As Mexicans go to the polls this weekend, the media is not only covering the presidential campaign story – they have become a part of it. The country’s largest TV network, Televisa, is accused of accepting cash in return for giving Enrique Pena Nieto, the candidate for the Institutional Revolutionary Party (PRI), favourable media coverage dating back to 2005. Both parties deny the allegations. But a student protest movement called YoSoy132 is not buying it and has been protesting what it calls biased media coverage. In this week’s News Divide, we look at the media scandal at the heart of the Mexican elections.

This week News Bytes: Anti-Assad forces storm the headquarters of a pro-government TV channel, killing seven people; The New York Times is forced to defend itself against allegations that it is partly to blame for the death of one of its reporters, Anthony Shadid; a militant group attacks a TV station in Pakistan for what it calls ‘peddling the government’s views’ and Rupert Murdoch is to split News Corporation in two – the biggest restructure the company has seen in 30 years.

Hollywood and the Pentagon propaganda push

The military entertainment complex is an old phenomenon that binds Hollywood with the US military. Known as militainment, it serves both parties well. Filmmakers get access to high tech weaponry - helicopters, jet planes and air craft carriers while the Pentagon gets free and positive publicity.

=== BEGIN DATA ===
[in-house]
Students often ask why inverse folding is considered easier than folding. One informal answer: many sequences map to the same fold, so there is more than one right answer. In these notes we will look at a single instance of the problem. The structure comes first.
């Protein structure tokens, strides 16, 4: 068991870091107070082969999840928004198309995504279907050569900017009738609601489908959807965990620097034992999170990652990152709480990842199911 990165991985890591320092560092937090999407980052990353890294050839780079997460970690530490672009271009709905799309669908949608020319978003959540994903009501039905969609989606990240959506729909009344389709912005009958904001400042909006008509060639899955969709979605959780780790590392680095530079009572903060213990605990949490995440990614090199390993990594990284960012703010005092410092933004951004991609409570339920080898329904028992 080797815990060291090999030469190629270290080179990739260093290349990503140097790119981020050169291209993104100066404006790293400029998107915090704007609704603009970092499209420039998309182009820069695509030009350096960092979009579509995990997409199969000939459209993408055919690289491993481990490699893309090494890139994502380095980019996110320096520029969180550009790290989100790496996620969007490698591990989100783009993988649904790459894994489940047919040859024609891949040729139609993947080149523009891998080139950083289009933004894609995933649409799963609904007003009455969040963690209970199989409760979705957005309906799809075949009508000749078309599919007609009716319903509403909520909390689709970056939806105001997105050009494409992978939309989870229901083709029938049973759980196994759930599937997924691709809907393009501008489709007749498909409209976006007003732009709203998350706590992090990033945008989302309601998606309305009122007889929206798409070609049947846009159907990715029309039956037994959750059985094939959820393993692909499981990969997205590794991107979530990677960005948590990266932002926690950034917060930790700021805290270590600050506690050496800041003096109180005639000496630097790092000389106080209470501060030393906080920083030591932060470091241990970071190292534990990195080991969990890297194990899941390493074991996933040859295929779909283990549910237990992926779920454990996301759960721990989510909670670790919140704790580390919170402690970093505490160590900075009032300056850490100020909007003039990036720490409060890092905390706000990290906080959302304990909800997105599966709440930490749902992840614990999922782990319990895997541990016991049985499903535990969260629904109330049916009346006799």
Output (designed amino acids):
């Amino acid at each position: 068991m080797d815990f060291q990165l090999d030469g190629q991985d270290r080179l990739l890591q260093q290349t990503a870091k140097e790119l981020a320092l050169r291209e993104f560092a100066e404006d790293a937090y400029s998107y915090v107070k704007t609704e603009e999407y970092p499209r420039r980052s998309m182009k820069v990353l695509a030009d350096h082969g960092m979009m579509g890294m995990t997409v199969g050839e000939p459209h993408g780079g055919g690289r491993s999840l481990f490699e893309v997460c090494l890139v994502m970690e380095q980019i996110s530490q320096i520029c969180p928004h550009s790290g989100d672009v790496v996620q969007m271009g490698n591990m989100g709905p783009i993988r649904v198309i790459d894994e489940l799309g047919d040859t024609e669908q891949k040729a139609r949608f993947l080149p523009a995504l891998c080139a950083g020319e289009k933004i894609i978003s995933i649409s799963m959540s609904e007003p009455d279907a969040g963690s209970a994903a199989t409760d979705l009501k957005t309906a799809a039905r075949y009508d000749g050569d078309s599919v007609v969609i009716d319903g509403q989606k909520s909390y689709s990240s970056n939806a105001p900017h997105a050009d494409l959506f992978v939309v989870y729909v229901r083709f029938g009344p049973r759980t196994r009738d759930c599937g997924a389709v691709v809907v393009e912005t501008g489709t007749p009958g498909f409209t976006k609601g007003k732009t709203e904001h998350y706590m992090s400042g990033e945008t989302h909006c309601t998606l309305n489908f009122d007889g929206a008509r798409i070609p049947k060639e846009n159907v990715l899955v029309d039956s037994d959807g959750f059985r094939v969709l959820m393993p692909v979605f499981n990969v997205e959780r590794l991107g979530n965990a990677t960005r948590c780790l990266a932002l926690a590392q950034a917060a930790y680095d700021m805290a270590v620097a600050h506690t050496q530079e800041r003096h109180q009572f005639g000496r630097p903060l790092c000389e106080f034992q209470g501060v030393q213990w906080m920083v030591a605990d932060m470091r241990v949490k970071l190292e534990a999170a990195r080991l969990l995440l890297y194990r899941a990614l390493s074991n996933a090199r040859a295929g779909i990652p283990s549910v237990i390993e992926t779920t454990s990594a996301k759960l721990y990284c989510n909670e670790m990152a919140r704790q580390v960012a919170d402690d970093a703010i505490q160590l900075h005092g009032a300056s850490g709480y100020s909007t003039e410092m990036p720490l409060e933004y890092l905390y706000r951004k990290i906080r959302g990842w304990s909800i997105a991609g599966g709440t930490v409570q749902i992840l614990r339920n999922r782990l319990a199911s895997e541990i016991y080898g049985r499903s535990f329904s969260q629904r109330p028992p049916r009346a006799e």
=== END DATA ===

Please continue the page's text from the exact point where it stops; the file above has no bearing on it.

The latest offering to come from this relationship is Act of Valor and it takes the collaboration one step further. The producers get more than just equipment – they have cast active-duty military personnel in the lead roles, prompting critics to say the lines have become so blurred that it is hard to see where Hollywood ends and Pentagon propaganda begins. In this week’s feature, the Listening Post’s Nic Muirhead looks at the ties between the US military and Hollywood.

Out internet video of the week: No election campaign would be complete without a low budget video taking the candidates to task. Mexico is no exception. Music producer Carlos Chavira has taken a hit from across the US border, Bruno Mars’ Lazy Day, and given it a political twist. The track called Pena Nieto: Just a Puppet puts him through the mill and sings a catchy tune at the same time. We hope you enjoy the show.

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Source: Al Jazeera